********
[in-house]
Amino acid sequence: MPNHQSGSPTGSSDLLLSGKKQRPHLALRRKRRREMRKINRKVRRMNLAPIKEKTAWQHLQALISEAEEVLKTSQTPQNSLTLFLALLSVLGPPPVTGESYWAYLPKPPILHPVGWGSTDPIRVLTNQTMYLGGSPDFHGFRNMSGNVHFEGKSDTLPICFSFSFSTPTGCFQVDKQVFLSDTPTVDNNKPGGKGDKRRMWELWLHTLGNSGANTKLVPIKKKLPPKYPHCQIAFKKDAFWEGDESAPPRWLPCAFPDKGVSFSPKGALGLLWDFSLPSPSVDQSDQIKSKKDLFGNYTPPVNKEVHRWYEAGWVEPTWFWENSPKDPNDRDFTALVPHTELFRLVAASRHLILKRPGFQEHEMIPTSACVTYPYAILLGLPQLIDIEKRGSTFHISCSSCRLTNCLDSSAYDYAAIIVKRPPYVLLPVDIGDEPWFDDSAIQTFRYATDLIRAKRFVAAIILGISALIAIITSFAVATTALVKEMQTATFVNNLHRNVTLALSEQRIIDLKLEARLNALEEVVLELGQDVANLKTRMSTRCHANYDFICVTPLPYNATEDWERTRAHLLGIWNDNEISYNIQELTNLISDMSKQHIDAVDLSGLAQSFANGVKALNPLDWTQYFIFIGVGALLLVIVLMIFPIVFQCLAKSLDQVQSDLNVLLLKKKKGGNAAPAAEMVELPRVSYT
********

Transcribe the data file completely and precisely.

[in-house]
Amino acid sequence: MPNHQSGSPTGSSDLLLSGKKQRPHLALRRKRRREMRKINRKVRRMNLAPIKEKTAWQHLQALISEAEEVLKTSQTPQNSLTLFLALLSVLGPPPVTGESYWAYLPKPPILHPVGWGSTDPIRVLTNQTMYLGGSPDFHGFRNMSGNVHFEGKSDTLPICFSFSFSTPTGCFQVDKQVFLSDTPTVDNNKPGGKGDKRRMWELWLHTLGNSGANTKLVPIKKKLPPKYPHCQIAFKKDAFWEGDESAPPRWLPCAFPDKGVSFSPKGALGLLWDFSLPSPSVDQSDQIKSKKDLFGNYTPPVNKEVHRWYEAGWVEPTWFWENSPKDPNDRDFTALVPHTELFRLVAASRHLILKRPGFQEHEMIPTSACVTYPYAILLGLPQLIDIEKRGSTFHISCSSCRLTNCLDSSAYDYAAIIVKRPPYVLLPVDIGDEPWFDDSAIQTFRYATDLIRAKRFVAAIILGISALIAIITSFAVATTALVKEMQTATFVNNLHRNVTLALSEQRIIDLKLEARLNALEEVVLELGQDVANLKTRMSTRCHANYDFICVTPLPYNATEDWERTRAHLLGIWNDNEISYNIQELTNLISDMSKQHIDAVDLSGLAQSFANGVKALNPLDWTQYFIFIGVGALLLVIVLMIFPIVFQCLAKSLDQVQSDLNVLLLKKKKGGNAAPAAEMVELPRVSYT